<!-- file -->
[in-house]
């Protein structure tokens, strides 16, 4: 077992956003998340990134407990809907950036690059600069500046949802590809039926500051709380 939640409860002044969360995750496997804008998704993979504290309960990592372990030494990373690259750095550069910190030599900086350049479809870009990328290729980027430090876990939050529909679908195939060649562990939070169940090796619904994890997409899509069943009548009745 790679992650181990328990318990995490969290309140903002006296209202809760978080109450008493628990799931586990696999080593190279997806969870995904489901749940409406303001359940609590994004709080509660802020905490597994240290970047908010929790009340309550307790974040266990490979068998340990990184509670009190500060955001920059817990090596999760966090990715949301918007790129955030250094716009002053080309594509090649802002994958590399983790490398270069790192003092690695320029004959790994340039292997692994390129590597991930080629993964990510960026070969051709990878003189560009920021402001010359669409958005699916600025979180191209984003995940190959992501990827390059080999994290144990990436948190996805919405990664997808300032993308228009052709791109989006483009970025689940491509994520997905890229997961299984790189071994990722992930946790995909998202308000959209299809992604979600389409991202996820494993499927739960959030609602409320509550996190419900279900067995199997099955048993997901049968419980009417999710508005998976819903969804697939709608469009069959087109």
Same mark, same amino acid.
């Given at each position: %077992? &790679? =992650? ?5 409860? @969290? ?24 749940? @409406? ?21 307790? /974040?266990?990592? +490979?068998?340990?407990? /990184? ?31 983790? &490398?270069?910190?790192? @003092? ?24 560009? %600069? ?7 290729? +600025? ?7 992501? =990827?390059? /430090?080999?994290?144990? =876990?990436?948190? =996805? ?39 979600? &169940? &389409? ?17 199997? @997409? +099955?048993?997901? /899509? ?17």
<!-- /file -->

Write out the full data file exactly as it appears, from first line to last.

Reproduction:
[in-house]
């Protein structure tokens, strides 16, 4: 077992956003998340990134407990809907950036690059600069500046949802590809039926500051709380 939640409860002044969360995750496997804008998704993979504290309960990592372990030494990373690259750095550069910190030599900086350049479809870009990328290729980027430090876990939050529909679908195939060649562990939070169940090796619904994890997409899509069943009548009745 790679992650181990328990318990995490969290309140903002006296209202809760978080109450008493628990799931586990696999080593190279997806969870995904489901749940409406303001359940609590994004709080509660802020905490597994240290970047908010929790009340309550307790974040266990490979068998340990990184509670009190500060955001920059817990090596999760966090990715949301918007790129955030250094716009002053080309594509090649802002994958590399983790490398270069790192003092690695320029004959790994340039292997692994390129590597991930080629993964990510960026070969051709990878003189560009920021402001010359669409958005699916600025979180191209984003995940190959992501990827390059080999994290144990990436948190996805919405990664997808300032993308228009052709791109989006483009970025689940491509994520997905890229997961299984790189071994990722992930946790995909998202308000959209299809992604979600389409991202996820494993499927739960959030609602409320509550996190419900279900067995199997099955048993997901049968419980009417999710508005998976819903969804697939709608469009069959087109």
Same mark, same amino acid.
């Given at each position: %077992? &790679? =992650? ?5 409860? @969290? ?24 749940? @409406? ?21 307790? /974040?266990?990592? +490979?068998?340990?407990? /990184? ?31 983790? &490398?270069?910190?790192? @003092? ?24 560009? %600069? ?7 290729? +600025? ?7 992501? =990827?390059? /430090?080999?994290?144990? =876990?990436?948190? =996805? ?39 979600? &169940? &389409? ?17 199997? @997409? +099955?048993?997901? /899509? ?17």